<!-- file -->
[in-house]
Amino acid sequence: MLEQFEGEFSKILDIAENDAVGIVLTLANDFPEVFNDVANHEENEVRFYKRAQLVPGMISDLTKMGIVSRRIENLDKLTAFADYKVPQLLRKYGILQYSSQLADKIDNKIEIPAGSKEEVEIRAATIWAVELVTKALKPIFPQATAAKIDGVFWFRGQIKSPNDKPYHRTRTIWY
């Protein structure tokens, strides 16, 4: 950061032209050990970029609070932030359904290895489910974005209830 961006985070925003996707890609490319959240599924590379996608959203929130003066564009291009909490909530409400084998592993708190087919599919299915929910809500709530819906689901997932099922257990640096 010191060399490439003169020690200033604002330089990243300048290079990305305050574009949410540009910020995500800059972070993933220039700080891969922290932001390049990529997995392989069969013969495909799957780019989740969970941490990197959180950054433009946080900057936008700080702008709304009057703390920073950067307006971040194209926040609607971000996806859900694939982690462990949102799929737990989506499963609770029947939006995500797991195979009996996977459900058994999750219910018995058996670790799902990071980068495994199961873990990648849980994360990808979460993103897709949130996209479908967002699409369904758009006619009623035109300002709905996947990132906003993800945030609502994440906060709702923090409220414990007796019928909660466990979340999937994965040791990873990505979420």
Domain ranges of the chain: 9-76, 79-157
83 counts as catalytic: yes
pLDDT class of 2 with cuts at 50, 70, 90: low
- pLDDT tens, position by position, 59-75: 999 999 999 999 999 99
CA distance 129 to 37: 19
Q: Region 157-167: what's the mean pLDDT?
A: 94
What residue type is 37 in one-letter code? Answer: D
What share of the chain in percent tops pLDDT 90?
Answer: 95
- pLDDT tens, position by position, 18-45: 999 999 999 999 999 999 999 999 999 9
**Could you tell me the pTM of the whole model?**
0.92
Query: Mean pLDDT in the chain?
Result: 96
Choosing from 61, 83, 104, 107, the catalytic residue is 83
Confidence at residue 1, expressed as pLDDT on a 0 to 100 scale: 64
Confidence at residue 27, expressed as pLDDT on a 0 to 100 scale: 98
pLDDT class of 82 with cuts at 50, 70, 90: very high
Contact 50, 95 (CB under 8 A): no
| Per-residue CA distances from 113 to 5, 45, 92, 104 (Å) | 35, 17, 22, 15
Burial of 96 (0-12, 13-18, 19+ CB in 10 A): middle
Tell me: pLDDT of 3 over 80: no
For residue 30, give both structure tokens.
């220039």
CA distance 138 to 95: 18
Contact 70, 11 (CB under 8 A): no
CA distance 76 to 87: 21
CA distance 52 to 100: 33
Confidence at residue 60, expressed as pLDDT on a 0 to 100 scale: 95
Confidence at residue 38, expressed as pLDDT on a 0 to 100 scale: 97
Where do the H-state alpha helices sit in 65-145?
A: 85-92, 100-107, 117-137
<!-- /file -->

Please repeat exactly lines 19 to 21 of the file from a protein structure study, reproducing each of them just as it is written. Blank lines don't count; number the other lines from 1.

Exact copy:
Choosing from 61, 83, 104, 107, the catalytic residue is 83
Confidence at residue 1, expressed as pLDDT on a 0 to 100 scale: 64
Confidence at residue 27, expressed as pLDDT on a 0 to 100 scale: 98